We had a snow day today, so I was able to do more Christmas preparation than usual. At the grocery store, we bought oranges and cloves so that I could make some clove orange pomanders to celebrate the season.
Clove orange pomanders have a long history back to the Middle Ages, when people carried pomanders made of silver, gold, wood, or other material, enclosing a mixture of spices, the scent of which would ward off unhealthy odors and illness. A woman might wear this item on her waist, suspended by a chain. There’s an excellent website that illustrates types of pomanders during the Medieval and Renaissance periods.
By Jane Austen’s time and during the Victorian Era, exchanging clove oranges became customary during Christmas and the New Year. This website discusses the historical significance and gives excellent directions for making them at home.
The Wartski family firm in London sells fine jewelry and objets d’art. They have several beautiful examples of pomanders, including a silver segmented one that is so beautiful (and, probably, so valuable). This 1547 painting is featured on an antique jewelry website. I wonder if I could begin a collection of pomanders–I should stick to oranges (although cloves can be an expensive purchase).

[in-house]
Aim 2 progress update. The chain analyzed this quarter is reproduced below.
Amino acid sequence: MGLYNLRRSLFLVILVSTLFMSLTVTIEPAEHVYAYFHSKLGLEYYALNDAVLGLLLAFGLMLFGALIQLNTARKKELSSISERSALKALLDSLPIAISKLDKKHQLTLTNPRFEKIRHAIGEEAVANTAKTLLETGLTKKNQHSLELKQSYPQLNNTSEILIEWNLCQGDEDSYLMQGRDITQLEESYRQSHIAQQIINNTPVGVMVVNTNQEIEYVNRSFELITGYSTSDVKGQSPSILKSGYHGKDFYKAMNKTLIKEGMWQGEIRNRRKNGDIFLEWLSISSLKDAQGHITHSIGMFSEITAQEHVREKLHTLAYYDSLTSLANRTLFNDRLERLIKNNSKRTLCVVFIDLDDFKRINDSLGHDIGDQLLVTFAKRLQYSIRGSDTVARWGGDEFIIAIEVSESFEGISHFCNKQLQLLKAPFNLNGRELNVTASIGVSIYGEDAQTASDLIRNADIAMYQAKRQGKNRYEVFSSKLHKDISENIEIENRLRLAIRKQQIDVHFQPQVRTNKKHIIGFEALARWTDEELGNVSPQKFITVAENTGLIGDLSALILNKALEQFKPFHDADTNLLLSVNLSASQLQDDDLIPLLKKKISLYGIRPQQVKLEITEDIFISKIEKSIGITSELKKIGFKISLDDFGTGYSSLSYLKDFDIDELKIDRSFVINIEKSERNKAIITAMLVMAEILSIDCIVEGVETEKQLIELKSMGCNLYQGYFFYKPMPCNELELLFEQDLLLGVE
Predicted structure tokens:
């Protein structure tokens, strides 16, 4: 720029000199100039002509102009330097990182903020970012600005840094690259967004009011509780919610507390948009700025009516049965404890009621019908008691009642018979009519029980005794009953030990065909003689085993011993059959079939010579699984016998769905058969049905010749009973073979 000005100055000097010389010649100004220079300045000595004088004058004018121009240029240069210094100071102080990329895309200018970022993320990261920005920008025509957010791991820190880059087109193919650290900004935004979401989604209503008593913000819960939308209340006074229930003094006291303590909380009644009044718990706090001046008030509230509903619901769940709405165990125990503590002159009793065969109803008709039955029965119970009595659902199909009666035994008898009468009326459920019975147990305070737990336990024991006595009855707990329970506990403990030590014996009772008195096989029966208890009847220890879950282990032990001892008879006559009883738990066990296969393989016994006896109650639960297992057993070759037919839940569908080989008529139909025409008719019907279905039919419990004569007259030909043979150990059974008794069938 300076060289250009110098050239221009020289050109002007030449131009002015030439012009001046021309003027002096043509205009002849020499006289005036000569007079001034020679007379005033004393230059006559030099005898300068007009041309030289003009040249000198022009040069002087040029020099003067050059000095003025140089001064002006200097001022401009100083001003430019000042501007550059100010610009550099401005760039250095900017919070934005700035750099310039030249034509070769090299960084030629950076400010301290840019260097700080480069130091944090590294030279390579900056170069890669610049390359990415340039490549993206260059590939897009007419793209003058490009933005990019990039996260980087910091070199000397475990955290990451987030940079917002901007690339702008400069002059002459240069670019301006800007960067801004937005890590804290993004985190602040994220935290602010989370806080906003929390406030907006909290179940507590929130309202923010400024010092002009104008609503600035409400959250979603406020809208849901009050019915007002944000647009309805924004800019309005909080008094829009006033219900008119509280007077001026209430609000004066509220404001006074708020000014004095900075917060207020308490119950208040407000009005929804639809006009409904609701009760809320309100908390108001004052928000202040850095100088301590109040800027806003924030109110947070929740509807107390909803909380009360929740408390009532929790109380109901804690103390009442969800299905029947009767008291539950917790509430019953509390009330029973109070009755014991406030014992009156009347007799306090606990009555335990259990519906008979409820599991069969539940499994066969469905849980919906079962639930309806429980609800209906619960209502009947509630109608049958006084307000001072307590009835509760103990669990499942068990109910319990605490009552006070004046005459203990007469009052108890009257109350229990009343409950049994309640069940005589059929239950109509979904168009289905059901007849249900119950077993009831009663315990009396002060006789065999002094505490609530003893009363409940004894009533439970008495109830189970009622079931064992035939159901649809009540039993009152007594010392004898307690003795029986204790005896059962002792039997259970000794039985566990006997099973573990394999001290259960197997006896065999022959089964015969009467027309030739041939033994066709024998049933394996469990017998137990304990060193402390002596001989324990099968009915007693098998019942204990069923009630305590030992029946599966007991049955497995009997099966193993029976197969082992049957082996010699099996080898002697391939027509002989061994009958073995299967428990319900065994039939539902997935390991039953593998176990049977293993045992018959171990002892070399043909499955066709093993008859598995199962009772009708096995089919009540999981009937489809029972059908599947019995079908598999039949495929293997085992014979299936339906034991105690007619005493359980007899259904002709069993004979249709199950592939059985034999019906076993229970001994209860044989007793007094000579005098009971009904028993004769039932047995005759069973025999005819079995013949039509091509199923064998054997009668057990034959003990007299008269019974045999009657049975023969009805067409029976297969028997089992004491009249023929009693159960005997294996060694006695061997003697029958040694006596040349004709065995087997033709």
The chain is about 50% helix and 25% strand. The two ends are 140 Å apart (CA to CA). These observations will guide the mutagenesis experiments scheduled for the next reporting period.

A word of caution. My oranges need ribbon and more cloves. I think I should have used smaller oranges with rinds that were not quite as thick. I wound up with Band-aids on both thumbs because whole cloves are sharp, and it takes a little effort to pierce the rind of the orange. Also, if I had used ribbon first, I would have had a natural line to follow. My patterns leave a lot to be desired.
One year L’Occitane en Provence sold a clove-orange scent in candles, lotions and hand cream. It must have been a holiday scent because I was given the shea cream as a gift, and when I went to the store to buy more, the scent was discontinued. If you know of somewhere else that sells this particular scent, let me know! For me, the smell of clove oranges and Christmas are tied together.